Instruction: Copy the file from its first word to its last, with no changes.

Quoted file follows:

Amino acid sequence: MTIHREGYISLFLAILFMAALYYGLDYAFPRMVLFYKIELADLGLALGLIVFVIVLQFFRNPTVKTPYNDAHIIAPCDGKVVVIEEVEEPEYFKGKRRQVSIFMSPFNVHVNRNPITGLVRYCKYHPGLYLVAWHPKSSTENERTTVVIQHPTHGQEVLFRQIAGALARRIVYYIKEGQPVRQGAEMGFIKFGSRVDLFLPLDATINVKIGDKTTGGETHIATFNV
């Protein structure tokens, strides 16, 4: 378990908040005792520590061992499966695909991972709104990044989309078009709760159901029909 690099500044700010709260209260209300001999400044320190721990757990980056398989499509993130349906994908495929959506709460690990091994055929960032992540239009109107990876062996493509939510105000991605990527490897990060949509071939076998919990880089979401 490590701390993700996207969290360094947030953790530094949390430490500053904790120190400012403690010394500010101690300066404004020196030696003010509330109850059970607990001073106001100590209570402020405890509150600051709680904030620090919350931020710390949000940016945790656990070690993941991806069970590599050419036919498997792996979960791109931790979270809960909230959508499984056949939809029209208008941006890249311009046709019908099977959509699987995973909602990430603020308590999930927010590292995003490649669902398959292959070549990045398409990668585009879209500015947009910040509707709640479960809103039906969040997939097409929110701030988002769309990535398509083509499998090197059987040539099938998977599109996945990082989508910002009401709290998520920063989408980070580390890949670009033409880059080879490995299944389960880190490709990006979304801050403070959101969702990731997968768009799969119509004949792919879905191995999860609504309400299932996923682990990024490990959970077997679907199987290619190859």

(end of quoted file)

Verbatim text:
Amino acid sequence: MTIHREGYISLFLAILFMAALYYGLDYAFPRMVLFYKIELADLGLALGLIVFVIVLQFFRNPTVKTPYNDAHIIAPCDGKVVVIEEVEEPEYFKGKRRQVSIFMSPFNVHVNRNPITGLVRYCKYHPGLYLVAWHPKSSTENERTTVVIQHPTHGQEVLFRQIAGALARRIVYYIKEGQPVRQGAEMGFIKFGSRVDLFLPLDATINVKIGDKTTGGETHIATFNV
């Protein structure tokens, strides 16, 4: 378990908040005792520590061992499966695909991972709104990044989309078009709760159901029909 690099500044700010709260209260209300001999400044320190721990757990980056398989499509993130349906994908495929959506709460690990091994055929960032992540239009109107990876062996493509939510105000991605990527490897990060949509071939076998919990880089979401 490590701390993700996207969290360094947030953790530094949390430490500053904790120190400012403690010394500010101690300066404004020196030696003010509330109850059970607990001073106001100590209570402020405890509150600051709680904030620090919350931020710390949000940016945790656990070690993941991806069970590599050419036919498997792996979960791109931790979270809960909230959508499984056949939809029209208008941006890249311009046709019908099977959509699987995973909602990430603020308590999930927010590292995003490649669902398959292959070549990045398409990668585009879209500015947009910040509707709640479960809103039906969040997939097409929110701030988002769309990535398509083509499998090197059987040539099938998977599109996945990082989508910002009401709290998520920063989408980070580390890949670009033409880059080879490995299944389960880190490709990006979304801050403070959101969702990731997968768009799969119509004949792919879905191995999860609504309400299932996923682990990024490990959970077997679907199987290619190859």